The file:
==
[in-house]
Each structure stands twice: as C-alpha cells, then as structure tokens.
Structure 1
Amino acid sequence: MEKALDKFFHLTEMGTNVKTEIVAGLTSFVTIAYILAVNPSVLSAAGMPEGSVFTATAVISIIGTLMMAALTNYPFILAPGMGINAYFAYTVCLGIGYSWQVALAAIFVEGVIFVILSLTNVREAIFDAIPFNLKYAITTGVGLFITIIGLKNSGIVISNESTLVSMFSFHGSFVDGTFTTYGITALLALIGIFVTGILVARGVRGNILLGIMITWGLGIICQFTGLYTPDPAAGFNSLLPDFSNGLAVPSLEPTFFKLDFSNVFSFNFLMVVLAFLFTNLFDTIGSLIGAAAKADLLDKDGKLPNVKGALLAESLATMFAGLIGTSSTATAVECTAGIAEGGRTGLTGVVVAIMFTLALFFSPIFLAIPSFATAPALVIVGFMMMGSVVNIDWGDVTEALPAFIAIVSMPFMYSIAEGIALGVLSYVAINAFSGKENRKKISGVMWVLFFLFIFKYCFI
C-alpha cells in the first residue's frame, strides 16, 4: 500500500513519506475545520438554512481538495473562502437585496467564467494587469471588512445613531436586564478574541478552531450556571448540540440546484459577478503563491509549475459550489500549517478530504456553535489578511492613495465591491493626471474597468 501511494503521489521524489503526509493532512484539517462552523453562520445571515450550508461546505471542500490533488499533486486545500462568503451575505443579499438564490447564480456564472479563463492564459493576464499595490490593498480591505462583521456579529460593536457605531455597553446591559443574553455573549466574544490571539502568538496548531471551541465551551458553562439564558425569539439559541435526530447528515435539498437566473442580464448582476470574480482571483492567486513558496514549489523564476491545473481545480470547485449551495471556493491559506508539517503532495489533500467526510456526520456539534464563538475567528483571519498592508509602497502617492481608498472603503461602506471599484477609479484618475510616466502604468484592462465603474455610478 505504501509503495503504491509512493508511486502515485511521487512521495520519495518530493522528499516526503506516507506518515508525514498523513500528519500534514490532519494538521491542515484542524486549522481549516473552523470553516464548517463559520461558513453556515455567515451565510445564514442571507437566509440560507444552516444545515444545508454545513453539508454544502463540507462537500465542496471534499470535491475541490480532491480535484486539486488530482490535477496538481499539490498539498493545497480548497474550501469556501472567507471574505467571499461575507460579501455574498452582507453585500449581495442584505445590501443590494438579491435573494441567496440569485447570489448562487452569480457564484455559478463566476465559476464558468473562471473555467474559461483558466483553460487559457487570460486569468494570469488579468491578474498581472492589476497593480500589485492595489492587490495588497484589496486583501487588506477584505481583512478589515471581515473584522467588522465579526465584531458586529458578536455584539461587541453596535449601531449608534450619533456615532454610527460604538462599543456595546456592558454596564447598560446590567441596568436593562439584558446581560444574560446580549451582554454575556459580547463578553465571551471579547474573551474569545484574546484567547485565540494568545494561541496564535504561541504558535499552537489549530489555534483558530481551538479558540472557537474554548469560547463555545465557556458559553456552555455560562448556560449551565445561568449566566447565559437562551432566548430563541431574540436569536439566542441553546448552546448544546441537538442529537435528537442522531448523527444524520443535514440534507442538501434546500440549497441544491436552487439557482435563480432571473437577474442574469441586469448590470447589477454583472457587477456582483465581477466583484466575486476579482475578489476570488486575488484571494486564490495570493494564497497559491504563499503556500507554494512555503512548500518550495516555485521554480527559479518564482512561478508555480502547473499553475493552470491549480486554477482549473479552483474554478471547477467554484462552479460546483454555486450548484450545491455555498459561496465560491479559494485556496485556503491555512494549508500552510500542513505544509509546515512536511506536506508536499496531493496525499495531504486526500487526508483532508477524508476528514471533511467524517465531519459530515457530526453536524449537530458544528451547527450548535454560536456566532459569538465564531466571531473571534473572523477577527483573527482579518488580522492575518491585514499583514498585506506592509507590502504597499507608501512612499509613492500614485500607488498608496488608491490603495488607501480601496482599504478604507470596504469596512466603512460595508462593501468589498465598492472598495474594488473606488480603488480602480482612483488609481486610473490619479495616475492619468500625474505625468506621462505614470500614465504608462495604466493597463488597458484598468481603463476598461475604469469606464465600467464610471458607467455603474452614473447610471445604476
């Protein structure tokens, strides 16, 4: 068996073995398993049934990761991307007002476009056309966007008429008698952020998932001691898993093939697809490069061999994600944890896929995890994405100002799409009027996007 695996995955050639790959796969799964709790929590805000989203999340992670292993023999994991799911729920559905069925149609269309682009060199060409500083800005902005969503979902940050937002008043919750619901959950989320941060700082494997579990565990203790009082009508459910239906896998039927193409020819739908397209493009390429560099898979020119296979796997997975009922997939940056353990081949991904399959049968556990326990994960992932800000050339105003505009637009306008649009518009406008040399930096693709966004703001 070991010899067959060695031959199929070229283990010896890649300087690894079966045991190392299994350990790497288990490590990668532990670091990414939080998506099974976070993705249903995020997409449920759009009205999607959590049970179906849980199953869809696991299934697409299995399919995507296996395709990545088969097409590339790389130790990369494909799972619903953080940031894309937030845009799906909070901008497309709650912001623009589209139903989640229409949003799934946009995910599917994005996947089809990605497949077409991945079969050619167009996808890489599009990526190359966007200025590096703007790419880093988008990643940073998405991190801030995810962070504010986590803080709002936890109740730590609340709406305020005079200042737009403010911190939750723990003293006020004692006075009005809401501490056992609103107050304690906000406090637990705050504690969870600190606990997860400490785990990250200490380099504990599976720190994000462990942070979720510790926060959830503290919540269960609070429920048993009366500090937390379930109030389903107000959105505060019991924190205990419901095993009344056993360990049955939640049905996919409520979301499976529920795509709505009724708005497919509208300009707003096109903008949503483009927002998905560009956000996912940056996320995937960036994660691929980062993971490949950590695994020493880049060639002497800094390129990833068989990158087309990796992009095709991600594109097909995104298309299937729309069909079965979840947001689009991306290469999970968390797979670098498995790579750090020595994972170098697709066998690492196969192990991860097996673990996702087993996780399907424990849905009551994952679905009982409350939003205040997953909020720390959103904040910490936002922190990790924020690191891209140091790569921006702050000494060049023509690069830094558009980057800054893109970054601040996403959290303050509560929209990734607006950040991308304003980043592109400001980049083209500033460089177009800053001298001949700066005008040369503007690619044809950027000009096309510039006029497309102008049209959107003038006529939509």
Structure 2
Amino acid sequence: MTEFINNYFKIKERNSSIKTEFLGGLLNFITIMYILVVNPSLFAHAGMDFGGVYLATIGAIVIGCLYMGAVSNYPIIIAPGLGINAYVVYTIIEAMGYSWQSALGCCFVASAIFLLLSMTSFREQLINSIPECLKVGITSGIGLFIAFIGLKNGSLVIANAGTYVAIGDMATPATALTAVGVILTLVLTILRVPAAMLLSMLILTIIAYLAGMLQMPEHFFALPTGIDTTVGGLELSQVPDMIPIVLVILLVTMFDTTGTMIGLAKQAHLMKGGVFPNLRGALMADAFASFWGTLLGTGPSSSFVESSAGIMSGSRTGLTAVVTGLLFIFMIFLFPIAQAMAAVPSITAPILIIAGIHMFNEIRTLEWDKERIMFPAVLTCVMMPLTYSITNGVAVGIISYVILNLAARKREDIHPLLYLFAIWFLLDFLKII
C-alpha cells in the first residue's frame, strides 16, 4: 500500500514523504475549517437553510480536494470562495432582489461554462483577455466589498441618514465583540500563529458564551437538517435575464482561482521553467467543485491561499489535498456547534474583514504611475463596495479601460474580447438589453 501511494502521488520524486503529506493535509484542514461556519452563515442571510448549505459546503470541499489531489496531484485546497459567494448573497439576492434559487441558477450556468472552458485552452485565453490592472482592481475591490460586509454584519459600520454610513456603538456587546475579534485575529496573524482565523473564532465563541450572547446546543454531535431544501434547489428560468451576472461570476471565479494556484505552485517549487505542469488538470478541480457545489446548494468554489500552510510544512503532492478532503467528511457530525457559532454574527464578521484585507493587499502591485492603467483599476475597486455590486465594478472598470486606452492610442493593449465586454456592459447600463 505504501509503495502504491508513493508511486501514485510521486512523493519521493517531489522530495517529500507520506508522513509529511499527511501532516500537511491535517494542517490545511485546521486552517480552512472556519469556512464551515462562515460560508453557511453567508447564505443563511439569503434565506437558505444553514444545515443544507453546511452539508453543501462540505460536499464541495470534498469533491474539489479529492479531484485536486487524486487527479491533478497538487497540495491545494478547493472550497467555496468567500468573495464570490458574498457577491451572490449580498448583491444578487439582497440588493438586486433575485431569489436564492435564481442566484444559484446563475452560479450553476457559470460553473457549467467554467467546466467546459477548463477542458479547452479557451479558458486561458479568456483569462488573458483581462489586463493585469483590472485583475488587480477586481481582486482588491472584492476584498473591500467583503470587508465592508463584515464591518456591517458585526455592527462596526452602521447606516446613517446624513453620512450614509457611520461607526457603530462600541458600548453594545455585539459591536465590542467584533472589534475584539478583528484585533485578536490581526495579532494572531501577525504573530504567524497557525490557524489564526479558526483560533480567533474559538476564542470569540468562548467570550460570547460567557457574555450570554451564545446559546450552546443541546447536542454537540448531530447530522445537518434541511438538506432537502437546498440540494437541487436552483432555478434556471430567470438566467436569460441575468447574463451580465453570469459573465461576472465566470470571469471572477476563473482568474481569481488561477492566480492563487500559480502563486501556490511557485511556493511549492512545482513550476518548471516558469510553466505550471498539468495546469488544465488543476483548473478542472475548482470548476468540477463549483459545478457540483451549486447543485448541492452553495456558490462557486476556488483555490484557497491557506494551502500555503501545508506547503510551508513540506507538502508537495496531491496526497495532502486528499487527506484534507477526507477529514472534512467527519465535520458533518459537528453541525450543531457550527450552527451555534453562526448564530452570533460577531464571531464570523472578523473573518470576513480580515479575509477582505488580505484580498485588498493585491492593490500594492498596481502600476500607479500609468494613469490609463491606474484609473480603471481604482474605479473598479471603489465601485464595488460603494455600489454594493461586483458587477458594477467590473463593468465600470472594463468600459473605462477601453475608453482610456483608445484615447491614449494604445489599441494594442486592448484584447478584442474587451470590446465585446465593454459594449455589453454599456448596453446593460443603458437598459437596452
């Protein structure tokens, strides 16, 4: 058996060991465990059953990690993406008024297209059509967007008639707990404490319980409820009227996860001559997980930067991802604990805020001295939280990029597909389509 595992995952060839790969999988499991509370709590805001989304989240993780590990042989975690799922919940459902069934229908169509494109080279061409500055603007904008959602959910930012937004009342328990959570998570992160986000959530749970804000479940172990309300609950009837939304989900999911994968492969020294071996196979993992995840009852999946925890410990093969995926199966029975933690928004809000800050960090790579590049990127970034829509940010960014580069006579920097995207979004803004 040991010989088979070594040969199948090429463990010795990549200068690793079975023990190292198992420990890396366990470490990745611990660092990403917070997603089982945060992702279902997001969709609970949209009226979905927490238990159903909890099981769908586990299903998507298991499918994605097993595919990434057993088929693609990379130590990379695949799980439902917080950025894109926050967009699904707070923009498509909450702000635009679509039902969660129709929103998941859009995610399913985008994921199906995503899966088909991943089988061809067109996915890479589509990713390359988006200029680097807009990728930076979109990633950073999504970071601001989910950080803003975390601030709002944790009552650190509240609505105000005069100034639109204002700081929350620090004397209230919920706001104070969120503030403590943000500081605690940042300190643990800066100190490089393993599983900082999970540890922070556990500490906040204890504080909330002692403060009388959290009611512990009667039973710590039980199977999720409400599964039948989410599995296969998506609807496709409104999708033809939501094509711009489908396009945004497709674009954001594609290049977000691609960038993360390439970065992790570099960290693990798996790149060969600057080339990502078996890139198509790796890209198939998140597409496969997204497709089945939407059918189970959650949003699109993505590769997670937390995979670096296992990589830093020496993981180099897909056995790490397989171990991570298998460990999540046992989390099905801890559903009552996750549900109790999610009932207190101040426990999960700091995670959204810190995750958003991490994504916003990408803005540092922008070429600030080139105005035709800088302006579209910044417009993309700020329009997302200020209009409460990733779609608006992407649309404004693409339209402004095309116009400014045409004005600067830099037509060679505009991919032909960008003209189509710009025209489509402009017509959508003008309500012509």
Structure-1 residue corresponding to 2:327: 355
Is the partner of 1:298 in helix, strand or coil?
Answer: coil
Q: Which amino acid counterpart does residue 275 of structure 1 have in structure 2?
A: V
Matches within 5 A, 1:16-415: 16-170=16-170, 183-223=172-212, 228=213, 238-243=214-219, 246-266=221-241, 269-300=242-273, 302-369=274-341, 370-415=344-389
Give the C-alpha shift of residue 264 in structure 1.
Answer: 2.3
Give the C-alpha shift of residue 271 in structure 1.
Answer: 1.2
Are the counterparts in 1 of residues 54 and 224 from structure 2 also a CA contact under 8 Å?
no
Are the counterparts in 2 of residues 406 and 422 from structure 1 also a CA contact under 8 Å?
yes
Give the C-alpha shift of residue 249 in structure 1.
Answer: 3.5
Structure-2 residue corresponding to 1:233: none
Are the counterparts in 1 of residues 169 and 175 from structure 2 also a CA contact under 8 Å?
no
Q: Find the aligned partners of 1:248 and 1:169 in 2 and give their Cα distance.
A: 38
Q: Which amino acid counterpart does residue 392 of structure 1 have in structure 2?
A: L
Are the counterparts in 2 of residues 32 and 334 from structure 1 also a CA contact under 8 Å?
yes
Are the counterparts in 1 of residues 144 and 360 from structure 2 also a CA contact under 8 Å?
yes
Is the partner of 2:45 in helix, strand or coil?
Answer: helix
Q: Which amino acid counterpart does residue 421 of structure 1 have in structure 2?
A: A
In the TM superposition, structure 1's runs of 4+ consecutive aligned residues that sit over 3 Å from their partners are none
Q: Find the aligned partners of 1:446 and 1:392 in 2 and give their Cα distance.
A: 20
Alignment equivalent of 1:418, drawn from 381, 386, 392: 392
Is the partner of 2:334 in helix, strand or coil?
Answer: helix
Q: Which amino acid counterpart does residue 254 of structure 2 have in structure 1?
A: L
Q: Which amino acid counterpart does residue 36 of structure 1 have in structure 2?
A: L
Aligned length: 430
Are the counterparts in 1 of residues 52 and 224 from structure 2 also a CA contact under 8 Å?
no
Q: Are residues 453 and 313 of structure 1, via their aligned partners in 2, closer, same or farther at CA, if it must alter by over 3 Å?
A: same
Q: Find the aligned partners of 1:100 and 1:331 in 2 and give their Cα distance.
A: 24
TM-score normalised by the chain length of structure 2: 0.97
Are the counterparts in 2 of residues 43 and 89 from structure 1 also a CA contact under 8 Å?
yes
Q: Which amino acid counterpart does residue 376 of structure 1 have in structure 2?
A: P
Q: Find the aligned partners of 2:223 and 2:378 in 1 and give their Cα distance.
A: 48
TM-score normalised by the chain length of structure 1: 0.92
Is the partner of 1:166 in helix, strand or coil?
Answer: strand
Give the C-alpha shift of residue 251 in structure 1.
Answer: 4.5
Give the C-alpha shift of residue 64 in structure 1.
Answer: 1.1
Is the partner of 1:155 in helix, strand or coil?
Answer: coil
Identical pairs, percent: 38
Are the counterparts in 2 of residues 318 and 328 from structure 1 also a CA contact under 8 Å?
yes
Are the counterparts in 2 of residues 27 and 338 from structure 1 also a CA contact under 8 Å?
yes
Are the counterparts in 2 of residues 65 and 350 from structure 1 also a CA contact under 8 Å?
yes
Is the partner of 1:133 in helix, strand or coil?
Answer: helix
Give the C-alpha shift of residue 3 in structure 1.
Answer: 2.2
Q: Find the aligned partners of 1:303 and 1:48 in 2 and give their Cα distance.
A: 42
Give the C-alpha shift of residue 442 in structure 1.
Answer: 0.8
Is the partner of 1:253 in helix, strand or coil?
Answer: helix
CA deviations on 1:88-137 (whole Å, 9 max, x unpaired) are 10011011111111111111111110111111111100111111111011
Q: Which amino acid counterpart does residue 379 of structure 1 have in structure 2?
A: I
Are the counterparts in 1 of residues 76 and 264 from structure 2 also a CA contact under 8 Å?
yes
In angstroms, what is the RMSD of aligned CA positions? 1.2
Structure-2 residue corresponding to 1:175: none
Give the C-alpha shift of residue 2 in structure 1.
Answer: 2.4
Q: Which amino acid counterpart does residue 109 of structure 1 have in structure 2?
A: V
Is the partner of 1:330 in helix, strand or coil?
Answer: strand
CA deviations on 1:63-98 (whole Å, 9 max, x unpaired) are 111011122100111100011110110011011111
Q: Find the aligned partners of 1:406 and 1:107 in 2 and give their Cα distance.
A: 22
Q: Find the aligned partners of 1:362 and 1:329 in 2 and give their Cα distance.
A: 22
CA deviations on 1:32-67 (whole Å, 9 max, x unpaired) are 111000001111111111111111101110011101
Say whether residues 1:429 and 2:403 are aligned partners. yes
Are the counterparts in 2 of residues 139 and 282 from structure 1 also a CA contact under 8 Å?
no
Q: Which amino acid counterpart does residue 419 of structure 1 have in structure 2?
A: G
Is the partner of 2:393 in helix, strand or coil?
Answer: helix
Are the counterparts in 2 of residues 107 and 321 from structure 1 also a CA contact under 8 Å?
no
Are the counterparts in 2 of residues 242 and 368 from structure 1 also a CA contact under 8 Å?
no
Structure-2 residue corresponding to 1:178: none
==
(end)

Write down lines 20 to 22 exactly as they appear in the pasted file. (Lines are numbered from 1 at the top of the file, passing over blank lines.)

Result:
Answer: 1.2
Are the counterparts in 1 of residues 54 and 224 from structure 2 also a CA contact under 8 Å?
no